as well as American, for their own greed. In my corner of the world
(Denmark), the struggle is the same: One man and his corporation
(MAERSK) controls the oil - they make billions of $ from the rising
fuel prices, while ordinary families will pay when the cold months
They control the government - laws and
speeches pass through their corporate headquarters for approval and
editing. The laws and speeches that refuse any notion of peace, any
notion of withdrawal from Iraq, and lets us pay for their conquest.
We face an election within a year -
and the "choice" is as nonexistant as in the US:
Vote for the occupation, or for the
occupation. Vote for the rich or for the rich.
We are also
presented with the "lesser of two evils" slogan, but I refuse to buy
it. I refuse to justify a system that kills for profit, a system
that considers its citizens a disease and a burden instead of its
strength and its lifeblood.
If democracy is a meaningless vote
every four years, then democracy can go screw itself - if democracy
is the power of the people, then we need to do some serious power
grabbing before we can call ourselves a democracy.
I am a strong
opponent of senseless violence, so lets put some sense in the
violence and get the warmongers and profiteers before they have us
all killed. I intend the world to be a nice place when I have
kids, and I know it won't happen by itself.
This was a lot
more than intended, but I am truly infuriated at the thought of
this war. Every time a person is killed in Iraq, the rich gets
even richer. And they are laughing at us.
P.S. I have family
serving in the US army, so please keep my full name and email
anonymous. They are suffering enough as it is.
Occupation Cop Officer Killed;
An Iraqi police officer was shot dead
in a city north of Baghdad when unknown assailants opened fire on
his car as he drove to work.
A Diyala province
police official confirmed that Captain Hasan al-Bayati was ambushed
about six kilometres east of Baquba on the main highway.
A series of mortars
were also fired at an oil refinery in Iraq's second city early on
Wednesday, missing the facility but wounding three Iraqi National
Guard members, officials said.
Insurgents' 'Weapon of Choice'
Oct. 13, 2004 DENIS D. GRAY,
Countrywide, and especially in
Baghdad, the U.S. military says the VBIED - for "vehicle-borne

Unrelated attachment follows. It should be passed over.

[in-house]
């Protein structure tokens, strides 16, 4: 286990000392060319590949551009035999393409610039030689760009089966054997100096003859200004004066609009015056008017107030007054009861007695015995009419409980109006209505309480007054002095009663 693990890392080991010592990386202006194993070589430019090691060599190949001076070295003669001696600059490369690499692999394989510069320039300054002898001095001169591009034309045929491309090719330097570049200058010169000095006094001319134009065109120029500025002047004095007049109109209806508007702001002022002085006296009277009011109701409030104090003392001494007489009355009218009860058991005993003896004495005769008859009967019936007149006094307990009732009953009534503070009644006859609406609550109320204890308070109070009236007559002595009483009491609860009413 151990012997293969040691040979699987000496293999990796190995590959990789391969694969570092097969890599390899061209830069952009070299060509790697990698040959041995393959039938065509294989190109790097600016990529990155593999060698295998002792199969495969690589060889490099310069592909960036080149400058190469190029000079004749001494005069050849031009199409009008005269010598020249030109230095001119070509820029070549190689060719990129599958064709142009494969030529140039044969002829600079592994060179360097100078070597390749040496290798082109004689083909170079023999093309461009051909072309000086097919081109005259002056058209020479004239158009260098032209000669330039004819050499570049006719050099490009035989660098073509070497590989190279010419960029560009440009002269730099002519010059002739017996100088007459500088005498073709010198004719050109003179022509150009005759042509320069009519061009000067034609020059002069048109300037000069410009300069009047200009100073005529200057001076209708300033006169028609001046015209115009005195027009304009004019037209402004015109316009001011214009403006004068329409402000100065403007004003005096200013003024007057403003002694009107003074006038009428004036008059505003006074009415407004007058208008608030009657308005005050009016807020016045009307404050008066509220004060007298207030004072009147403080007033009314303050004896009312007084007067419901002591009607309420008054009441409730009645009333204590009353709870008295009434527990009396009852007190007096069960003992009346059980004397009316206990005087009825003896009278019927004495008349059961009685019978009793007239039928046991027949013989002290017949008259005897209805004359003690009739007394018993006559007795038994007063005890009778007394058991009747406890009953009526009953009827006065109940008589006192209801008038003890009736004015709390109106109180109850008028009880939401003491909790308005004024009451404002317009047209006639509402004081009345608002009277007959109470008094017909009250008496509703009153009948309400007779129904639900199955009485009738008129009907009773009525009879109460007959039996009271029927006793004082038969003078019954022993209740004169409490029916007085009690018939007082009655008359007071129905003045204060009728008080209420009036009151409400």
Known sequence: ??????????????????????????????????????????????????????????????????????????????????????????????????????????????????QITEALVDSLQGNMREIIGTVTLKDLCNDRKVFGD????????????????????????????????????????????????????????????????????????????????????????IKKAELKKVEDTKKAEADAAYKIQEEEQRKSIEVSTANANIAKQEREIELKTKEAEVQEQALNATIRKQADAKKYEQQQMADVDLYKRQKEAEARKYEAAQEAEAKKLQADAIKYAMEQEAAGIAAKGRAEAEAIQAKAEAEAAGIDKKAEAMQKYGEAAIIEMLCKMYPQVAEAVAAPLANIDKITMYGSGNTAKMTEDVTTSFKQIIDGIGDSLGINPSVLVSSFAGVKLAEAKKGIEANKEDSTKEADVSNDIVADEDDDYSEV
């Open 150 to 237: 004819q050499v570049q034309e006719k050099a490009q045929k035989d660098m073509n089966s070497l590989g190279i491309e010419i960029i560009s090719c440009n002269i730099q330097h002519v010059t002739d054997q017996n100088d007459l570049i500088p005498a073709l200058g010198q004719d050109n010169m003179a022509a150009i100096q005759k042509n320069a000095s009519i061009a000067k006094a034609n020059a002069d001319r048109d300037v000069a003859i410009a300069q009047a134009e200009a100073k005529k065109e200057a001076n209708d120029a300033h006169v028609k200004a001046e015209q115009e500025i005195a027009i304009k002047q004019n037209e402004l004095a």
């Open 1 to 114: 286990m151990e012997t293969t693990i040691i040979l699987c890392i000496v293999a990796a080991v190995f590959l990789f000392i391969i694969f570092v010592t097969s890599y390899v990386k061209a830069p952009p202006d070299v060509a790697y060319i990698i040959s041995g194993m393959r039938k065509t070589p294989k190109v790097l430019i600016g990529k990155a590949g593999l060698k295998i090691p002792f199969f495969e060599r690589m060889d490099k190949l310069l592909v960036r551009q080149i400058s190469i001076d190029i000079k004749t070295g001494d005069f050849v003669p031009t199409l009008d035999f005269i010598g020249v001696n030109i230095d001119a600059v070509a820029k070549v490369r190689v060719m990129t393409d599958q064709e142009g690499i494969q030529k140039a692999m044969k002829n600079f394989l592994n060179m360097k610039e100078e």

improvised explosive device" - has become the insurgents' weapon of
choice, mostly wielded against Iraqi security personnel and American
troops but often soaking the blast area with the blood of
Car bombs offer the
insurgents a range of advantages.
remote-controlled or booby-trapped bomb along a roadside can take up
to two weeks, whereas a car, minibus or truck jammed with explosives
can be quickly sent out in response to changing intelligence on
Car bombs are
relatively easy to rig - troops have seized CDs in Baghdad showing
how it's done - and can slip through checkpoints
with explosives attached to the undersides of vehicles or hidden in
piles of vegetables or construction materials.
And they reduce
casualties for insurgent bands compared to other forms of attacks,
such as ambushes with rifles and rocket-propelled grenades, which
generally trigger an overwhelming U.S. response.
Highlighted in the
media, mass casualties inflicted by bombs raise the international
profile of the insurgency and undermine popular support for a
government many Iraqis feel cannot provide security.
Unleashed in the
Islamic world over the past few decades after earlier use in
Vietnam, Spain, Northern Ireland and elsewhere, vehicle bombs were
inevitable in Iraq.
The attacks have
escalated this year, with 1,077 killed through Oct. 9.
The Washington-based research organization says that of
136 bombings so far this year, 87 were carried out by suicide
attackers, who are not included in its casualty count.
Around Baqouba, 35 miles north of
Baghdad, the 141st Engineer Combat Battalion conducts at least two
bomb-seeking patrols a day, seven days a week, in what is one of the
most perilous jobs in Iraq. Theurer, a sergeant in the North Dakota
National Guard unit, says two of the six men in his squad have been
wounded by explosives.
"It's a lot easier to find IEDs than car bombs. Most of the car
bombs find us," the Bismarck, N.D., native
says as the patrol scouts a 6-mile stretch of highway that soldiers
have dubbed "IED Alley."
A half dozen car bombs and some 35
roadside bombs have been detonated along that strip the last six
months. A sign at both ends warns that any car left standing by the
road for more than one hour may be destroyed by the U.S. military.
Some checkpoints have X-ray machines
to scan vehicles and a video-equipped robot can be called up to peer
into a suspicious car. But out on the road, the best defense
against VBIEDs is largely experience, eyesight and instinct, he
The patrols are on
the lookout for certain aging car models, vehicles with low riding
back ends, cars that try to get close to vehicles as they pass a
military convoy or just a driver's darting, shifty look.
"Often it's one soldier's decision - a
19-year-old sitting behind a .50-caliber machine gun in a Humvee in
110-degree weather making a decision in five seconds," said
Talarico, the engineer captain.
In one incident, he recalled, a
remotely detonated car bomb went off at a traffic circle near
Baqouba two months ago. As U.S. troops moved in to cordon the area,
a young soldier spotted a nervous-looking driver trying to get a
stalled, decrepit car moving. Within moments the soldier fired,
turning the car and suicide bomber into a cauldron of flames and
"The insurgents are